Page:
Over the past few years we have all witnessed the toppling of dictators and regimes across the world. Where has the credit been given for these movements? Most of the time, it’s been given to masses of concerned individuals, many of whom use social media. Because of this, it stands to reason that criminals, dictators, and authoritarian regimes are changing the way they work.
William J. Dobson, the politics and foreign affairs editor of Slate, has written a book called “The Dictators Learning Curve”. This book explores how authoritarian leaders are changing their tactics to stay in power, and how frustrated citizens are keeping them on their toes.
A recent article in The New York Times lays it out like this:
“The Dictator’s Learning Curve” is agile and light on its feet, but among its salient points is that pro-democracy movements need to be more than that. Happy thoughts and hippie clothes are not enough. “Revolutions, if they are to be successful,” Mr. Dobson writes, “require planning, preparation, and an intelligent grasp of how to anticipate and outwit a repressive regime that thinks of little beyond preserving its own power.”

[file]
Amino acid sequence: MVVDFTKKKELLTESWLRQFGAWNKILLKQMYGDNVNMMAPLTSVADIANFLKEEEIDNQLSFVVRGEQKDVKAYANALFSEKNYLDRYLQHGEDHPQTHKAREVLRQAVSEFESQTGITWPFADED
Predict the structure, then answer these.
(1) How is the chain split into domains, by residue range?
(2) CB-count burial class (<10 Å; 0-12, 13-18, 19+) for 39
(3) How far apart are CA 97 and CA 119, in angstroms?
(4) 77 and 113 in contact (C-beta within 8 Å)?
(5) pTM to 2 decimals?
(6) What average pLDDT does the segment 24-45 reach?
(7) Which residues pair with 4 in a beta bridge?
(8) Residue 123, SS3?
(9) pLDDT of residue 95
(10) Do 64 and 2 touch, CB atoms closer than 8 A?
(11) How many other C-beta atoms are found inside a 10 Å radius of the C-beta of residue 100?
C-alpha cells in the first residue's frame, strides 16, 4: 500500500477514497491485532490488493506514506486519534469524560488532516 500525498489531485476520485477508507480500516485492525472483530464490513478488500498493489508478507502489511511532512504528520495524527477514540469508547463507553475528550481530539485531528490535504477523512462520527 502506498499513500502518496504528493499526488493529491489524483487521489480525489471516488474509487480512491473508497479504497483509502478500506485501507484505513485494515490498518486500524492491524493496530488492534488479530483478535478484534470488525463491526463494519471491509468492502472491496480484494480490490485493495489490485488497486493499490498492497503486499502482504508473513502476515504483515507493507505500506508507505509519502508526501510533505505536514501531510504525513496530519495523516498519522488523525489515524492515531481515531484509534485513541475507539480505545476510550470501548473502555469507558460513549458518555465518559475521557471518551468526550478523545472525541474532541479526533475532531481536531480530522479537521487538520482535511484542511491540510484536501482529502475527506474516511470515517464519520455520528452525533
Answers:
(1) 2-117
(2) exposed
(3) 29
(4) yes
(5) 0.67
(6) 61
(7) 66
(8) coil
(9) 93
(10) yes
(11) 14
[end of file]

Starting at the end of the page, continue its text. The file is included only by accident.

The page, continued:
Events may move suddenly, Mr. Dobson writes, “but there is usually a movement or organization that put months or years of dangerous (often tedious) work into making that day possible.”
Since forming revolutions is kind of what we do, and since the way that revolutions are formed and acted out is fascinating to us, you can be pretty sure we’re going to give this one a read. If you want to read it, go ahead and buy it here.
(Photo credit: digitaltrends.com)
tagged as: World News. books. REVOLUTION. The New York Times. william j. dobson. world change.